Casio CZ-1 Digital Synth
Out of his box he comes and he is heavy, professional looking and swarming with buttons. Two beefed up CZ-101s would be one way of describing it.
Casio have had a hit with their Phase Distortion technique. It's a digital sound system that offers the choice of eight waveforms from simple ramps to complex modulations, plus the ability to mix them and produce even wider tones. The envelope generators are also sophisticated - eight stages in all so you can sketch plenty of ups and downs into the pitch, waveshape and volume. Each point is fixed by setting its level and the rate (how long it takes to get there): 0-99 steps for each. All the gen is outlined in a central LCD screen.
This is of course a description of the CZ-101. The CZ-1 uses exactly the same system - except it has a pair of them. The CZ-101 drops down to four note polyphonic when you use the two digitally controlled oscillators on top of each other - that produces the richest sounds. But the CZ-1 still gives you eight notes for dual oscillators thereby getting around probably the single biggest criticism commonly levelled at the CZ-101.
It also embellishes the deal with a sturdy, full-sized keyboard which is both touch sensitive and has second touch response to bring in modulation effects. Consider also the onboard chorus unit (slightly noisy if you insist on having it full on), and the greatly expanded memory.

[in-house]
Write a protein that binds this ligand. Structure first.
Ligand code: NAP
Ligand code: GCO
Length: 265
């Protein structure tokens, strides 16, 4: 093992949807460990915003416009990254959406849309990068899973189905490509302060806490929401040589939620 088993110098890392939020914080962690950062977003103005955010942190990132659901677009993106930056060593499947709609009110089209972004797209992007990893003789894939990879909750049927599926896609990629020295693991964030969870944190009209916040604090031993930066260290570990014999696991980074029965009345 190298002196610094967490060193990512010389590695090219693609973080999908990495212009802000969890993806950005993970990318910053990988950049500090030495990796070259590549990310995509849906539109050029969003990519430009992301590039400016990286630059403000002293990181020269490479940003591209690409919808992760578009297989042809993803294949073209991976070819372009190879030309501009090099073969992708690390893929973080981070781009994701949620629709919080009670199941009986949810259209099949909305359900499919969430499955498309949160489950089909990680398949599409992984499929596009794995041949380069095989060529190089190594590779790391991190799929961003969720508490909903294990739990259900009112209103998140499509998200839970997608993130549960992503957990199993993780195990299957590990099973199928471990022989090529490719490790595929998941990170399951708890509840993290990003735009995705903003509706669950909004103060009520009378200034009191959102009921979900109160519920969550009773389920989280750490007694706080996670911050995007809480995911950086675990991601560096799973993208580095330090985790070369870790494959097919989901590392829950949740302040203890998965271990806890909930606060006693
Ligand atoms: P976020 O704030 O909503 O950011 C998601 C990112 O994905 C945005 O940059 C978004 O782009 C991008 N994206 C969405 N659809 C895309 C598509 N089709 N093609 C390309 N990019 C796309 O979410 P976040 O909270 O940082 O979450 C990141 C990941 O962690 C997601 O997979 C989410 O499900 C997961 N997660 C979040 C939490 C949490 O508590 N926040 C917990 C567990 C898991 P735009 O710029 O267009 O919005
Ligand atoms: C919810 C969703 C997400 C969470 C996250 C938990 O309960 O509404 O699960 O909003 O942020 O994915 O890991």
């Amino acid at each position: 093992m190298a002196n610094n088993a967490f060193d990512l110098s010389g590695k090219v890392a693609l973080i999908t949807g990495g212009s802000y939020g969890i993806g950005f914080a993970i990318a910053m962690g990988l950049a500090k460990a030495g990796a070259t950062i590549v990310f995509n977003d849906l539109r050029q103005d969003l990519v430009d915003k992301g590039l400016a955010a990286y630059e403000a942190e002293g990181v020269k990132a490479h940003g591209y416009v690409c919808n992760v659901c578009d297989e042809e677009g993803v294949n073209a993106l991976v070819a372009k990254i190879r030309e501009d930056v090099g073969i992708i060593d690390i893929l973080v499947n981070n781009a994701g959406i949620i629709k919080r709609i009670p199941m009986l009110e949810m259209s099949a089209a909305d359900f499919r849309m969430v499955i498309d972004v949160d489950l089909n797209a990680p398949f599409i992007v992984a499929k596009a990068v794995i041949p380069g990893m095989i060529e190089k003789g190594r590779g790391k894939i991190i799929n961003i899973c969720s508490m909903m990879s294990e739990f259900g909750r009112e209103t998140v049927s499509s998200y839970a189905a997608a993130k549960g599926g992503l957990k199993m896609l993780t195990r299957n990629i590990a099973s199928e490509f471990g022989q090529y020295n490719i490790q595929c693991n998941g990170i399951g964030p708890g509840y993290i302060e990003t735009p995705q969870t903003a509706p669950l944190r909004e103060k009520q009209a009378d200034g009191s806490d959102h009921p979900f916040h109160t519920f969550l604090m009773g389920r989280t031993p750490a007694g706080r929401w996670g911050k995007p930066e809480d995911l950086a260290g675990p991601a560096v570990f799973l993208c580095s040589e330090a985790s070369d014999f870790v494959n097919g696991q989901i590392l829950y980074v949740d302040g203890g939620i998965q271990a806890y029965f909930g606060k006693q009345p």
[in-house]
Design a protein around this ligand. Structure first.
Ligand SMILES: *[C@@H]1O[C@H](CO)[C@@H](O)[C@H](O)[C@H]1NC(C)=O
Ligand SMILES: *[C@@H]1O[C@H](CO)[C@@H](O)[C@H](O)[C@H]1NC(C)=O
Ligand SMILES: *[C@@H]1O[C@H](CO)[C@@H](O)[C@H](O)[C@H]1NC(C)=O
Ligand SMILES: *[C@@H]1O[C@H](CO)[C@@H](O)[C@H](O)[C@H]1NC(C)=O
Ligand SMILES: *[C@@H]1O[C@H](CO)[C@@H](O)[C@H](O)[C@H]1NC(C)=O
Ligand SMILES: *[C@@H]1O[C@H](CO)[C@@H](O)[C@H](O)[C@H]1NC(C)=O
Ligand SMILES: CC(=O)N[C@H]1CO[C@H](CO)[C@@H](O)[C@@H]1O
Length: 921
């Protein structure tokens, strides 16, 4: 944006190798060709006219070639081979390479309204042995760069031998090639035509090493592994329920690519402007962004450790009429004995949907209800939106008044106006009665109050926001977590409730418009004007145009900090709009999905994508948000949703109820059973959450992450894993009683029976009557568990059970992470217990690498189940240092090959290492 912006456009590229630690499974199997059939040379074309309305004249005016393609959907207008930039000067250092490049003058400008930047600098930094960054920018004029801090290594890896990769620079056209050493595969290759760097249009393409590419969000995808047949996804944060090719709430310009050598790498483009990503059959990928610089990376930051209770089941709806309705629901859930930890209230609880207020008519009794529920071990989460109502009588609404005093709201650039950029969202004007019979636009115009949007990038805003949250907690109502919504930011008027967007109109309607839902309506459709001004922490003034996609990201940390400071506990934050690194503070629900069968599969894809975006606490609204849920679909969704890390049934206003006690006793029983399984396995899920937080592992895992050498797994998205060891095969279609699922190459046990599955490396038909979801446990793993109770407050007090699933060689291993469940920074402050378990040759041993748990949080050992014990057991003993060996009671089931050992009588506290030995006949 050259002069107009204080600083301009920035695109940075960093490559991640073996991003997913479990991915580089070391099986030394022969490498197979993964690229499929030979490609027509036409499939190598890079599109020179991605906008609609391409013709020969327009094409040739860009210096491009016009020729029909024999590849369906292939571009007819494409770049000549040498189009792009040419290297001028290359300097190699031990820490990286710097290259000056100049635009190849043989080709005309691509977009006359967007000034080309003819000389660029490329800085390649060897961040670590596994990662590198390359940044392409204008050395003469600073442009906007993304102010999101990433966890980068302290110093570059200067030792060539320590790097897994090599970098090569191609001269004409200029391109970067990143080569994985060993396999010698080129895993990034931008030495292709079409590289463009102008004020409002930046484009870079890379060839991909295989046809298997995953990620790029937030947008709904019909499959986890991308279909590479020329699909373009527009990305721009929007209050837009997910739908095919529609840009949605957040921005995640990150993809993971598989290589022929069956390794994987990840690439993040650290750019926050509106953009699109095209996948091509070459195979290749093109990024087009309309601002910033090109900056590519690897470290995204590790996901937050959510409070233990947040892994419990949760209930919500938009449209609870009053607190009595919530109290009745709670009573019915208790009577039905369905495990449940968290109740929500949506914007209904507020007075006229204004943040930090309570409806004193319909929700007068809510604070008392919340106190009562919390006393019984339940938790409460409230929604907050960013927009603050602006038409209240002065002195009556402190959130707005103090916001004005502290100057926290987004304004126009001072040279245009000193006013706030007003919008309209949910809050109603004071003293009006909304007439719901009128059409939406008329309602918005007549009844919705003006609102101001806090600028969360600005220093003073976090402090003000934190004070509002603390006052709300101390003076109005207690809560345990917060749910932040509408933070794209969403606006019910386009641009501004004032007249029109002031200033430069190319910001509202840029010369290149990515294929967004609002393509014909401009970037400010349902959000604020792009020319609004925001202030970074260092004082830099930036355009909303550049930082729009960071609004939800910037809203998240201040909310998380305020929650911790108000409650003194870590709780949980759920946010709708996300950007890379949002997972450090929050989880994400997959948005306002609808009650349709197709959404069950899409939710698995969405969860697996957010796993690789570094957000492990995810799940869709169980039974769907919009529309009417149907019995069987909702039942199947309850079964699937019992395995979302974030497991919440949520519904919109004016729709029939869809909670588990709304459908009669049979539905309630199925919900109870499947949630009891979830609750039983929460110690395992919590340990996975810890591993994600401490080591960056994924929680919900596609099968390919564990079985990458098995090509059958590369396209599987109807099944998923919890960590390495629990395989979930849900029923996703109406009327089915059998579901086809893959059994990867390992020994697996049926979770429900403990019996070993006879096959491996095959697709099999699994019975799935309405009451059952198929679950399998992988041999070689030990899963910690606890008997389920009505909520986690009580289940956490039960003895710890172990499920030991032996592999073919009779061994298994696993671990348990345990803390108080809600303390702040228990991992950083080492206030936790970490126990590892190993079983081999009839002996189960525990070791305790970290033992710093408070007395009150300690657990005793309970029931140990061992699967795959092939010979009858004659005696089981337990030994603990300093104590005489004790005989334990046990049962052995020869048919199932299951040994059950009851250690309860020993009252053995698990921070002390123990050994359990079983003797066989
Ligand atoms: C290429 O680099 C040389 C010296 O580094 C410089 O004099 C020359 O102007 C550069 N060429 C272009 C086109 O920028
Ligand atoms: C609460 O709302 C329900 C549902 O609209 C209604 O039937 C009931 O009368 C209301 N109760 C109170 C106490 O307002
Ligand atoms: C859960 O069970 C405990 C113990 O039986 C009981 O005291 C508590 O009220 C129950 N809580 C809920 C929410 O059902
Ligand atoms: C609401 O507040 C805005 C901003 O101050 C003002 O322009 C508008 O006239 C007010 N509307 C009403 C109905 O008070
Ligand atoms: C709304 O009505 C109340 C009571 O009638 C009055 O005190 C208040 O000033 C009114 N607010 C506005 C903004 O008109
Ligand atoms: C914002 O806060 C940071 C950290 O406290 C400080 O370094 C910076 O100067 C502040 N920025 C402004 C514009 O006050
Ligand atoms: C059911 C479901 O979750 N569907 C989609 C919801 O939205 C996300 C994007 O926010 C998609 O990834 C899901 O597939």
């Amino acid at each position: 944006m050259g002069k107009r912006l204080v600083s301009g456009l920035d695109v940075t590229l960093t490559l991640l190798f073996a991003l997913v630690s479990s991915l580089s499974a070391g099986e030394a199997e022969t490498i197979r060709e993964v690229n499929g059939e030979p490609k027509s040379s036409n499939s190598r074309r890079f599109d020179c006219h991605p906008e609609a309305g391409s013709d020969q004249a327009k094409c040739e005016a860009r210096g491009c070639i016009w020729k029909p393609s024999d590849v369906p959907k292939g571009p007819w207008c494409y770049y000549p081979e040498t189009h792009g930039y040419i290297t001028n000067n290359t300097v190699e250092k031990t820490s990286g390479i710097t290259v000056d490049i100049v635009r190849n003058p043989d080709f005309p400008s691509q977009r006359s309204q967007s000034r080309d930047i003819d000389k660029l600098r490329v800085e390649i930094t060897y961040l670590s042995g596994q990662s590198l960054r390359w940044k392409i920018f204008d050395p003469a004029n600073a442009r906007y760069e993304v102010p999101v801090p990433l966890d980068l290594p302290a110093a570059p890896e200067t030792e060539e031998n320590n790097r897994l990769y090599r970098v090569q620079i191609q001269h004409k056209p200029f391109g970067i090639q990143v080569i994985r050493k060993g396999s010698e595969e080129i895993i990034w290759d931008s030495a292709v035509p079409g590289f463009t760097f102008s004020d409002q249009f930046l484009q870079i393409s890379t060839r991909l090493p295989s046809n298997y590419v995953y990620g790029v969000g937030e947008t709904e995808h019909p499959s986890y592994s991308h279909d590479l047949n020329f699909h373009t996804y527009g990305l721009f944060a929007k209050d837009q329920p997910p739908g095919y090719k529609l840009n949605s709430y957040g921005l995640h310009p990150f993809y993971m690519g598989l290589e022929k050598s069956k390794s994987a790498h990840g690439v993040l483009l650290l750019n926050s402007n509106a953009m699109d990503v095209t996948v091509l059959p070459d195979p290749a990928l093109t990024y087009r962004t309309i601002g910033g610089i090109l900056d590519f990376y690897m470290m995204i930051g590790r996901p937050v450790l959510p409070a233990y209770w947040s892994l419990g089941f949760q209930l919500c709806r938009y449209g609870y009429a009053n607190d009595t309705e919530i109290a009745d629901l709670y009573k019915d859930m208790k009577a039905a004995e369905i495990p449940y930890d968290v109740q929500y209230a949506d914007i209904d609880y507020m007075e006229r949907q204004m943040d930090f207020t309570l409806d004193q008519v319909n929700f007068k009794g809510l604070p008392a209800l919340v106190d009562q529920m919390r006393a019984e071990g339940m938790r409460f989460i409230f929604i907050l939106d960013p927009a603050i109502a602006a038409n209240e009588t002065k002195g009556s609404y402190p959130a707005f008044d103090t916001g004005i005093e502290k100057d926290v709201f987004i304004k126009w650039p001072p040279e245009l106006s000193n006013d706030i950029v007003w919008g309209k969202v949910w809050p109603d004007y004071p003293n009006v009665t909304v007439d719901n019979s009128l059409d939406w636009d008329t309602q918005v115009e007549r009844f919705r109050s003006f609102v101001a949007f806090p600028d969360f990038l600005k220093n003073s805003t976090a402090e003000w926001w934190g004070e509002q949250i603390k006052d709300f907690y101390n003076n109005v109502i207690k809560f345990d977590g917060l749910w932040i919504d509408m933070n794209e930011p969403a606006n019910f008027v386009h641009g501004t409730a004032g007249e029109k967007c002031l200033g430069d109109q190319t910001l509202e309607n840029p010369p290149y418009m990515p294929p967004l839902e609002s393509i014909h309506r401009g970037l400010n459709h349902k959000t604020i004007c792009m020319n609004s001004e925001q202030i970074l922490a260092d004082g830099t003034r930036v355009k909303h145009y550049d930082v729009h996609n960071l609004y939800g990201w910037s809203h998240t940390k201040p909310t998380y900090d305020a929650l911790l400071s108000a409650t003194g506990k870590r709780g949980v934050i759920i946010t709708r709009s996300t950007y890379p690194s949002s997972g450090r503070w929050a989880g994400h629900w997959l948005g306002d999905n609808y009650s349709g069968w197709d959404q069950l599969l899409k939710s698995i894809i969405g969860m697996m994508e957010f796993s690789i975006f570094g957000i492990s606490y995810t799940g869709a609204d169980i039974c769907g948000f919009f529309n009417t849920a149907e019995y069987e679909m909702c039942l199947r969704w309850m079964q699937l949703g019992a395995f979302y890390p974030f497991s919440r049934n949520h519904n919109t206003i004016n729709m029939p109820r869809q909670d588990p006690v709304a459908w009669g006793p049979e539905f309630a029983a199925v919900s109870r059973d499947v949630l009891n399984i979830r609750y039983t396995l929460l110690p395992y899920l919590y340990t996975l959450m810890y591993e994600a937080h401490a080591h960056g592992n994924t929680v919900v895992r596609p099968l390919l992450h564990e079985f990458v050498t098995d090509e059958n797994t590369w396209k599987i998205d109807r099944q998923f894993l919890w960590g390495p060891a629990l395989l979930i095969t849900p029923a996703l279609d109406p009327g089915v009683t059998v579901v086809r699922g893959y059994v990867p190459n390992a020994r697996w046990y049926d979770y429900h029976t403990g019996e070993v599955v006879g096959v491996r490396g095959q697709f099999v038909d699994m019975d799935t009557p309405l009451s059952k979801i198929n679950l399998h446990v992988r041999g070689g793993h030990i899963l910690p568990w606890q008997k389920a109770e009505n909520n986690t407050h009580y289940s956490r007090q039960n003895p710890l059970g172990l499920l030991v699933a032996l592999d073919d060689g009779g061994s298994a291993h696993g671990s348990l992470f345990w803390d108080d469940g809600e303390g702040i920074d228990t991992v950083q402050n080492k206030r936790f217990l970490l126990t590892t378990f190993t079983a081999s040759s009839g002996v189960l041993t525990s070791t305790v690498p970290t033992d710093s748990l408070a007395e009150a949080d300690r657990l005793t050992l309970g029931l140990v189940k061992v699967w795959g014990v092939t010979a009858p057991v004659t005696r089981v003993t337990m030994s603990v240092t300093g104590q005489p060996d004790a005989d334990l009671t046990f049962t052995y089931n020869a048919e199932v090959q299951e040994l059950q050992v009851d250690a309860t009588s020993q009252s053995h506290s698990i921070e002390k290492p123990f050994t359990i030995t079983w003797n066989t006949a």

The CZ-1's programmes are arranged in eight banks of eight called up by the two rows of buttons on the left. All the CZ-1's switches are bigger than its predecessor's and easier to target in a panic. There are 64 sounds permanently preset in the depths of the memory, plus spaces for another 64 you can write yourself. It's possible to layer two different sounds on top of each other (now you do drop down to four notes) and split the keyboard with an unusual degree of control. The split can fall anywhere, and you can individually fix the volume and octave each half.
The LCD screen is now backlit a radiant blue, and we get proper pitch bend and modulation wheels to the immediate left of the keyboard. And there's the chance to slam in yet another 64 seconds via an optional RAM cartridge at the rear.
Since the Phase Distortion system stays the same the CZ-1 doesn't produce any sounds not already heard on the CZ-101. But it does make them all much bigger, courtesy of the chorus and extra oscillators. No great advance in technology, then, but it could attract the 'professionals' who've so far given Casio mini-keys a miss.
Review by Paul Colbert
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